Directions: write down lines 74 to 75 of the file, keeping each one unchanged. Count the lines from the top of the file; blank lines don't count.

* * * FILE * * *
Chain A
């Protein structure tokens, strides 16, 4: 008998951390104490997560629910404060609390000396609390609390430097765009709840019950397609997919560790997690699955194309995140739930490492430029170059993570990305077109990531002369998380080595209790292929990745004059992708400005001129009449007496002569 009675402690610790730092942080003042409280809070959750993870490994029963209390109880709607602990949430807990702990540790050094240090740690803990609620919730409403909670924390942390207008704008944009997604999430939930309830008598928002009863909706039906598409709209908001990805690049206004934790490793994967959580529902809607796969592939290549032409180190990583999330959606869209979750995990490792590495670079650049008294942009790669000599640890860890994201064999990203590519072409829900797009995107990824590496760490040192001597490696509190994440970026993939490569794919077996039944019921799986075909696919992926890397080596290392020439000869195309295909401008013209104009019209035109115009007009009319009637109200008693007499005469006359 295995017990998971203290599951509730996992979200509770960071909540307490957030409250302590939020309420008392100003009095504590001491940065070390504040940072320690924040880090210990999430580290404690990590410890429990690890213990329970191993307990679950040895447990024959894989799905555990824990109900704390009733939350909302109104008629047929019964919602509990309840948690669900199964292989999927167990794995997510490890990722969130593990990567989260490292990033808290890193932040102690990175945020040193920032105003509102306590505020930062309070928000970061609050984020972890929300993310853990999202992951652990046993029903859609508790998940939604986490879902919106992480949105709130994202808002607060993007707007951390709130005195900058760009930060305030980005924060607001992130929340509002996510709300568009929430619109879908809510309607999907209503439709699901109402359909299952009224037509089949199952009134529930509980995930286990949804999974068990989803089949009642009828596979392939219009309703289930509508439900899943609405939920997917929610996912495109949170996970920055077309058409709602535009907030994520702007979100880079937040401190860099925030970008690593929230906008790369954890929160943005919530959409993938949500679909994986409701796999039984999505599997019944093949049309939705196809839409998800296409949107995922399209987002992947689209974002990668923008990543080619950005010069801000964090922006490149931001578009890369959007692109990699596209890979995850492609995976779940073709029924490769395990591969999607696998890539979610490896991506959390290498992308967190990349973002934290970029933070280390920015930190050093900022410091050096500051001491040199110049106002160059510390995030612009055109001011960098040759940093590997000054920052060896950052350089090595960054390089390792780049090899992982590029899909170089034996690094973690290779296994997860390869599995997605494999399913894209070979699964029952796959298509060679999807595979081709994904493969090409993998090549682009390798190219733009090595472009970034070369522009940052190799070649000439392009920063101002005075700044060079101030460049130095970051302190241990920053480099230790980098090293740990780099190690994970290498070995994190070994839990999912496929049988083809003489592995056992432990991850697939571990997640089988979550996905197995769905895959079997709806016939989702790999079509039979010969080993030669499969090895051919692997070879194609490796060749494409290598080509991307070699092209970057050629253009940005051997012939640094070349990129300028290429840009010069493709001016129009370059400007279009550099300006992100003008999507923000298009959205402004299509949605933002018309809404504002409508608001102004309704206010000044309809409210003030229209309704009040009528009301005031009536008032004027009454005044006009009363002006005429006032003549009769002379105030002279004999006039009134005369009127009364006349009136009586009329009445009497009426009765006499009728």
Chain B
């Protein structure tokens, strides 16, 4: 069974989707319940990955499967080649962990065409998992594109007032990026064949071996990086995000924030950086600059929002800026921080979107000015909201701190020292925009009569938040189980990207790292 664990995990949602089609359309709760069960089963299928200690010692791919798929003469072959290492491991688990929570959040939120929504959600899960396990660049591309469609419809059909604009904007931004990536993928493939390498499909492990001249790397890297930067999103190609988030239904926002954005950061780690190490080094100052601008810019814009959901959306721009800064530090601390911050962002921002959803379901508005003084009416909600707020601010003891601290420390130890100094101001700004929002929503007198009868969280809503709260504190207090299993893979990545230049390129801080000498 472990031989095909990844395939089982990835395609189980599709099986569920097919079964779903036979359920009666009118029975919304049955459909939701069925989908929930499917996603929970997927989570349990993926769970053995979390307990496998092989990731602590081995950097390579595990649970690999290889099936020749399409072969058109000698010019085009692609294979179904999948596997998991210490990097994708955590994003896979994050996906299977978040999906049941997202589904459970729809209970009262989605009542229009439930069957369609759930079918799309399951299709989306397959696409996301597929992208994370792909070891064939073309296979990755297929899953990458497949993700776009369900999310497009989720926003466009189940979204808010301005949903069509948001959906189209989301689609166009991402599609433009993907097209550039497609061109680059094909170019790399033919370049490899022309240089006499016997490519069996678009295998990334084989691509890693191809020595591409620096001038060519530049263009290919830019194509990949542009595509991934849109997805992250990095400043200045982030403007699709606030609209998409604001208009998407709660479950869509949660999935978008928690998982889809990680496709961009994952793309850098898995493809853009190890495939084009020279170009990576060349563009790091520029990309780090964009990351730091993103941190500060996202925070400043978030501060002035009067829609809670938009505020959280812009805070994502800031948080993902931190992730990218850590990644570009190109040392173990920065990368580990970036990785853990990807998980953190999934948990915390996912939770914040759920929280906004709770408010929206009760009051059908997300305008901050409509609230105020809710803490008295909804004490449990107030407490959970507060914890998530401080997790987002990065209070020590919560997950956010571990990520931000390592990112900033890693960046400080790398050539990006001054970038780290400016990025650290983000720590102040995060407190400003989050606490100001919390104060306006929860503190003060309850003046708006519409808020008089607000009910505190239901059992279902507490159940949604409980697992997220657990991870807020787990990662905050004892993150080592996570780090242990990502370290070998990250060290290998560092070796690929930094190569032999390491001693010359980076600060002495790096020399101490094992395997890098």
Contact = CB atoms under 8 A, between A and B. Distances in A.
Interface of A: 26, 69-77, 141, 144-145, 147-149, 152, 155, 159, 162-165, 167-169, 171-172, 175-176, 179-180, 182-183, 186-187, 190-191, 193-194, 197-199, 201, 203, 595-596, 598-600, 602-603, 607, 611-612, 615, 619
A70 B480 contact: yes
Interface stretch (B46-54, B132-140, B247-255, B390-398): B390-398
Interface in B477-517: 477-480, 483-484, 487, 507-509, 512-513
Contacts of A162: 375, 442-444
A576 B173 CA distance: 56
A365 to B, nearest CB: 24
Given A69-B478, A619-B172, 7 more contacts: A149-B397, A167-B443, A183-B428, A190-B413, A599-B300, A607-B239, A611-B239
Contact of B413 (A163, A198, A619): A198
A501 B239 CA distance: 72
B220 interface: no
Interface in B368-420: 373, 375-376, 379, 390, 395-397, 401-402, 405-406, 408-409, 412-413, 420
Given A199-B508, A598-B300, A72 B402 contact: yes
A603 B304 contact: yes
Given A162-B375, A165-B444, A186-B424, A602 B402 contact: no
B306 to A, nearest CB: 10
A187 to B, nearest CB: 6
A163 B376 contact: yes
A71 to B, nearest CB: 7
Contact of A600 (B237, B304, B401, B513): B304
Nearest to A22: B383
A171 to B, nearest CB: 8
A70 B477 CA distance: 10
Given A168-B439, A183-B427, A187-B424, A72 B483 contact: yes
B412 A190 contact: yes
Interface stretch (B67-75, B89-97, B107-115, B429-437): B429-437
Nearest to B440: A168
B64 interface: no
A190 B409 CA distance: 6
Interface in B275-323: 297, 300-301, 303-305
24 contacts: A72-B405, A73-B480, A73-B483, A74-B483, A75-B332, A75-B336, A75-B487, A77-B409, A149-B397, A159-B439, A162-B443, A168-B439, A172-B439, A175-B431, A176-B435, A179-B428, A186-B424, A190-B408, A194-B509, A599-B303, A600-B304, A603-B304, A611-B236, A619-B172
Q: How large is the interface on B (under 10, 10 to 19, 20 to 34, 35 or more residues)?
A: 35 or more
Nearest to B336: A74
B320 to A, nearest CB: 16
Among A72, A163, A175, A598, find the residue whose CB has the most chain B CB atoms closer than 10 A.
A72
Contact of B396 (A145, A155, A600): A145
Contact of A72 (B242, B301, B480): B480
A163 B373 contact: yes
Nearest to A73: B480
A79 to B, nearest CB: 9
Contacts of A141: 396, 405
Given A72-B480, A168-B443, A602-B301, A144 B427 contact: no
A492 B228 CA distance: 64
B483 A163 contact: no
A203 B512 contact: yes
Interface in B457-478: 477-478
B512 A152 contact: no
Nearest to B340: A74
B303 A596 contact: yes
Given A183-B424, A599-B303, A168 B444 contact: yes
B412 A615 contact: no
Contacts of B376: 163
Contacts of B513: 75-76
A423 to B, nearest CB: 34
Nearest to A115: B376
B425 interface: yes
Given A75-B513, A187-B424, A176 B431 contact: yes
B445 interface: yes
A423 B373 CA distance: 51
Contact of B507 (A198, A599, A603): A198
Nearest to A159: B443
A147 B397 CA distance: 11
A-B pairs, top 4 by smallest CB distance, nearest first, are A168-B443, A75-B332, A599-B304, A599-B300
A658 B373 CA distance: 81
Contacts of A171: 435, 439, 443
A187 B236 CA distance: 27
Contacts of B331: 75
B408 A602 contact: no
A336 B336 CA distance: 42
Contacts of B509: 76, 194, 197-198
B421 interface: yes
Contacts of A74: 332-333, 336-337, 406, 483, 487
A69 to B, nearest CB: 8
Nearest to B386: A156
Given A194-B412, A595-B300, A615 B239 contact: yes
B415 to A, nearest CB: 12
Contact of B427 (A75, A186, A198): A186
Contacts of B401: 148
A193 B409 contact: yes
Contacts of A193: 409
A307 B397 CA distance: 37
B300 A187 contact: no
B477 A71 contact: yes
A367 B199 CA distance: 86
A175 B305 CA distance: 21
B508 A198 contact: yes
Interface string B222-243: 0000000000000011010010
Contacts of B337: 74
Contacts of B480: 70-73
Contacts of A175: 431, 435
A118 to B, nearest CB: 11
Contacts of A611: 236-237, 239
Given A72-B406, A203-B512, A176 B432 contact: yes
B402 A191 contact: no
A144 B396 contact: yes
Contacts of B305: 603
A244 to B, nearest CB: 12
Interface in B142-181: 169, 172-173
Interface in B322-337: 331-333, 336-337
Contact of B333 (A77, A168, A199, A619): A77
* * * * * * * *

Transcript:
Contacts of B331: 75
B408 A602 contact: no